I’ve just returned from a day of discussion and networking at the Lowry hosted by the Evangelical Alliance (they’re not as scary as they sound)The Lowry Art Gallery at Sunset, Salford Quays.

I met a whole bunch of interesting people from business, media, arts, health, education and politics and we were given the opportunity to think and talk and dream about how we can be involved in changing society for the better.

How do we engage with the the society that we are a part of, the polis, rather than withdrawing into the individual? Through a recession do we find a safe cave and weather the storm, or use the opportunity to pull together and see what is common?

Not that these are easy questions to answer in practice, but they are made easier by connecting with others and having conversations and being inspired.

One of the most interesting things about the Obama phenomenon has been peoples positive reactions to a message of hope. If we believe what we see in the UK news, millions of people have felt a personal connection to that message, drawing them out of themselves and into political engagement.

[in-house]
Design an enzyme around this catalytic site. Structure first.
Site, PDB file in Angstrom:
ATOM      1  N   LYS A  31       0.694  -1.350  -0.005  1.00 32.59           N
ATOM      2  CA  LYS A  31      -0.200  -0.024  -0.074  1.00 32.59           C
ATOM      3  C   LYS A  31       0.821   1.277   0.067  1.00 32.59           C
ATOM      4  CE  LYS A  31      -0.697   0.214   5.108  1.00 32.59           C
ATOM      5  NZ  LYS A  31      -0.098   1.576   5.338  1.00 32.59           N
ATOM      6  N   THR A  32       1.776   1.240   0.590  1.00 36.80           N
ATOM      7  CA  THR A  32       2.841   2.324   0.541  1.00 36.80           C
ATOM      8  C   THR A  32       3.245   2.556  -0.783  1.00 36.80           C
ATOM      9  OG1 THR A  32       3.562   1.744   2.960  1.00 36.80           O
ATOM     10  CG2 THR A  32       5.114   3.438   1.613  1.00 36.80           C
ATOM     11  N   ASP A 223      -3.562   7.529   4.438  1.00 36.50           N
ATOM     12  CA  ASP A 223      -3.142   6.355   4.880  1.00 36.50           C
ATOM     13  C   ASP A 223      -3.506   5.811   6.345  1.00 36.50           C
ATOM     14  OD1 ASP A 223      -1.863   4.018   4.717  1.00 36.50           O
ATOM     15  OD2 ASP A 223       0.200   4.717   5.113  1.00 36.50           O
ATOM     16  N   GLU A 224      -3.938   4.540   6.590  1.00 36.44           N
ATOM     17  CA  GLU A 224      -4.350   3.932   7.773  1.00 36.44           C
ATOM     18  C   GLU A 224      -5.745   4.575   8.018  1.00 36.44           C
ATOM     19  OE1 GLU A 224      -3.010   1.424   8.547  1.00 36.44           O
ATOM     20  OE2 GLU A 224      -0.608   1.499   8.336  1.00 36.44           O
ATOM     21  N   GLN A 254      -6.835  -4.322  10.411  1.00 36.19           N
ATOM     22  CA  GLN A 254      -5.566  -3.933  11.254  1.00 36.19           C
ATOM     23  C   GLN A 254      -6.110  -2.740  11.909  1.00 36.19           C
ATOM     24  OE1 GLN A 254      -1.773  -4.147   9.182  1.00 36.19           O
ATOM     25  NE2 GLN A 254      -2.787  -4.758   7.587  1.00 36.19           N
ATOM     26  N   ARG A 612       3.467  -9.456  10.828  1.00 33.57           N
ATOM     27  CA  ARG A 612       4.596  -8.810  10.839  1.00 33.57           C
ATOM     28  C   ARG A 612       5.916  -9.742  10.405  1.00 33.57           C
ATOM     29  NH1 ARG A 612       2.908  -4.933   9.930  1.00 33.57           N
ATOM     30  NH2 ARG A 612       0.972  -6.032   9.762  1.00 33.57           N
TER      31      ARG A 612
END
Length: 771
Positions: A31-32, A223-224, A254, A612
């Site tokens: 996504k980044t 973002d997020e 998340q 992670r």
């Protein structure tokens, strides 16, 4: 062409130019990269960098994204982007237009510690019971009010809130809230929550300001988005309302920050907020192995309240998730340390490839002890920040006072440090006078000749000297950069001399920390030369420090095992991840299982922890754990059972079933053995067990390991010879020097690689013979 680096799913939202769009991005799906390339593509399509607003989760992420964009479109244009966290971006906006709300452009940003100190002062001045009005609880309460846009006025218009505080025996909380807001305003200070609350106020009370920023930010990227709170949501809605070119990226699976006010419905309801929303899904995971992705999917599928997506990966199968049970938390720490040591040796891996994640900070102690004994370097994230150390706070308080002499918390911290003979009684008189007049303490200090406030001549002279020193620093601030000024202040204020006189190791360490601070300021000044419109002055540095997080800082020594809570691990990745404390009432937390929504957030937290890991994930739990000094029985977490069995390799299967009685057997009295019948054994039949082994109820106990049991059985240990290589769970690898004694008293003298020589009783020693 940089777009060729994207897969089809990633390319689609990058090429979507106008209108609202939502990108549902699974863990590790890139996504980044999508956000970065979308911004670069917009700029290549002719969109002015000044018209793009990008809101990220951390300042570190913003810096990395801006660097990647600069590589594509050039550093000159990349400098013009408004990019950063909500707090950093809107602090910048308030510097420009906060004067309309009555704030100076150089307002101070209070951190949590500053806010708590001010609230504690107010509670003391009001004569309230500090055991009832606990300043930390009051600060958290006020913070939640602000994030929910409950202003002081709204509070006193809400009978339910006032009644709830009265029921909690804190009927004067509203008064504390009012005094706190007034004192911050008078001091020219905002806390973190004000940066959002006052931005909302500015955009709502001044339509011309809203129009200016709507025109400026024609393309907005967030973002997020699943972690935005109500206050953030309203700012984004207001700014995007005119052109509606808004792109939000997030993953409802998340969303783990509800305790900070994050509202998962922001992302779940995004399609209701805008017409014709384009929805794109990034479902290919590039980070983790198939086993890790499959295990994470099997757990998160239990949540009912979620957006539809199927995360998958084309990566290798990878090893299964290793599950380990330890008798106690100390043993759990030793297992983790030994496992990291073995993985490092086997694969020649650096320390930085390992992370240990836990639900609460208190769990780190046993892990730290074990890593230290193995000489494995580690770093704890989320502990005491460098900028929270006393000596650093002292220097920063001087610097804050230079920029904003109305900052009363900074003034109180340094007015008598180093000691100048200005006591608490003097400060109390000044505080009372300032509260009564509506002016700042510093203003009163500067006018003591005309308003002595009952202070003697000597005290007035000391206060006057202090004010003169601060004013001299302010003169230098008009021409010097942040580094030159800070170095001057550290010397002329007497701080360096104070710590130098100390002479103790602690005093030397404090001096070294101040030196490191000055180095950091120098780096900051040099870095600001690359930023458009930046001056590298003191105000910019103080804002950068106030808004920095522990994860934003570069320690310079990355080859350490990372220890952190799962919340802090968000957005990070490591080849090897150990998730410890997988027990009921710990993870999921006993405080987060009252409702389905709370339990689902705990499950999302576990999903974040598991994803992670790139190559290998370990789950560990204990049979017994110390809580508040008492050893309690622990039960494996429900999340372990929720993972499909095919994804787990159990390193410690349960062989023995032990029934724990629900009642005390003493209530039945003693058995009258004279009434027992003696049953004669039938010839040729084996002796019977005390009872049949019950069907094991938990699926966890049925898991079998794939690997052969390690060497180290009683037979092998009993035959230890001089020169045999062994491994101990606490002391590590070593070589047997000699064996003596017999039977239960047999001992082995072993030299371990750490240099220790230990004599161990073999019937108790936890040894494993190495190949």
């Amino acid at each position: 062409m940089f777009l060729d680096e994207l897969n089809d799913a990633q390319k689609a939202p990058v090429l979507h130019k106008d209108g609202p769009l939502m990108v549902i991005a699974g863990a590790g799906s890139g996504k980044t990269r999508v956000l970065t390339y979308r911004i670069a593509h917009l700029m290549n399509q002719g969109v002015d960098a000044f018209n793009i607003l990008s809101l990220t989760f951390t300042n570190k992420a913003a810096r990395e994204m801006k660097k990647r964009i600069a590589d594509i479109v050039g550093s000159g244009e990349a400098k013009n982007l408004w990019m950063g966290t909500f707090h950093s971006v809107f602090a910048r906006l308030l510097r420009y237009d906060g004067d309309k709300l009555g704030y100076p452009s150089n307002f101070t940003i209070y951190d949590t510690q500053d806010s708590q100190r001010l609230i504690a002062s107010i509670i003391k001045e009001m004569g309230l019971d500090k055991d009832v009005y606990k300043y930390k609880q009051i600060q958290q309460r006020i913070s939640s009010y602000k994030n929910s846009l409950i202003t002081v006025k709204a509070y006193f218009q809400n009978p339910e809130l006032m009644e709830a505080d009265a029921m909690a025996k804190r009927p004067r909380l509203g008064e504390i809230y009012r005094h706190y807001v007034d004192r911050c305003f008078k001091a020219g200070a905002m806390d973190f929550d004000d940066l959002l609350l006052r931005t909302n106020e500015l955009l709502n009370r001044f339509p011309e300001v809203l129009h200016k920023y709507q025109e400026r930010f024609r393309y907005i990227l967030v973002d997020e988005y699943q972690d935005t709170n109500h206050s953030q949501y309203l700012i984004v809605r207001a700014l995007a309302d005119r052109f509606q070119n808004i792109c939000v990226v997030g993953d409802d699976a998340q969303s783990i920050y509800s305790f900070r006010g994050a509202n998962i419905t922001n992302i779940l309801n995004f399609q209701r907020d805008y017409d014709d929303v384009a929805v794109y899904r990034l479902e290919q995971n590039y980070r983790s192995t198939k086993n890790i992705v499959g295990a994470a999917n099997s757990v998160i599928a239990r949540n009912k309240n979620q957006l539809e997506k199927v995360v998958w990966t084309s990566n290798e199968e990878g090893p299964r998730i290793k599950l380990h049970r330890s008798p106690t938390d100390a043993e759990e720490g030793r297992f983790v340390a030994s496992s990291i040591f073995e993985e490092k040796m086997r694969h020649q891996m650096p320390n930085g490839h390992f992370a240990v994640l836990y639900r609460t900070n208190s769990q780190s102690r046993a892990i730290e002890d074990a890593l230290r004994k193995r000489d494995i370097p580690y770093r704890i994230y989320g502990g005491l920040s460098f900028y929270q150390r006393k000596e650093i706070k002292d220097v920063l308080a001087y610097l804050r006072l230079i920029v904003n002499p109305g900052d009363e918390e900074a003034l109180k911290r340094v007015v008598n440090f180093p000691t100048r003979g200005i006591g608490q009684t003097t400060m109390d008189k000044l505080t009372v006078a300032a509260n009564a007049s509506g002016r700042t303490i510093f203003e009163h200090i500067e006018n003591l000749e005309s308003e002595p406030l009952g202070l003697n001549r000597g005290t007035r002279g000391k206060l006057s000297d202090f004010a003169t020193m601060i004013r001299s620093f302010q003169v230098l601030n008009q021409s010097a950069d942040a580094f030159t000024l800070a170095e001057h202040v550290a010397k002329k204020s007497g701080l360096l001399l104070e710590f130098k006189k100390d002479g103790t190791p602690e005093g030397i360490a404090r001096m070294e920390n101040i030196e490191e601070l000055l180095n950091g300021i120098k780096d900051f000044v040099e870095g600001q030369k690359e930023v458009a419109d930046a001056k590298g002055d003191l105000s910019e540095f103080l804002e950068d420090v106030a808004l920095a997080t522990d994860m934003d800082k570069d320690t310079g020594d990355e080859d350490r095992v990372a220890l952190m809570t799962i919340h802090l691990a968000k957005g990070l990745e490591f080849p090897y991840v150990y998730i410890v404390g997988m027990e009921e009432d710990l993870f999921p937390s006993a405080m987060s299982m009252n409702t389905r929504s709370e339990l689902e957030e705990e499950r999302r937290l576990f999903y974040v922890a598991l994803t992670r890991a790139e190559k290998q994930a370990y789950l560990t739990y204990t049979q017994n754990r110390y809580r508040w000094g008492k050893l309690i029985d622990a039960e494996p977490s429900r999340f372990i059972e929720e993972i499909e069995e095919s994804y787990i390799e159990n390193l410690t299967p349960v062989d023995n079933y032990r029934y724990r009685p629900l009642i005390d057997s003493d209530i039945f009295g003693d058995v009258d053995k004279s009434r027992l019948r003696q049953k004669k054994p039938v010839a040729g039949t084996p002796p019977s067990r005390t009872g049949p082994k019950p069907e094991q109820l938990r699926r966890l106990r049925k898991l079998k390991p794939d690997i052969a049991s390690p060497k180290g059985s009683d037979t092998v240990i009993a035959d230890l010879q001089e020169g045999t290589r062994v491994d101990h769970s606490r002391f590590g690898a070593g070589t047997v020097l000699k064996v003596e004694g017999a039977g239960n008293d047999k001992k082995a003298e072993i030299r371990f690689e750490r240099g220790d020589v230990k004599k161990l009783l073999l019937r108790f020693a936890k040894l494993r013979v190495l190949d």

Something that struck me from the conversations I had today was that we could probably do with a bit of that hope over here. We do satirical, we do irony very well, we do self deprecation, but what about a bit of hope that things could be better?

What would this hope look like? I don’t think it looks like the ‘national-lottery-it-could-be-you’ style hope that the media is so good at. ”TV hope’ you might call it: presenting an ideal, a better house, or better lifestyle, or better way to cook beef, held out as an unreachable prize while we sit on our couches and disengage, drool and get fat on chips.

Real hope surely has to connect with our own lives, our own stories, our own everyday selves, and those we know of who deserve better.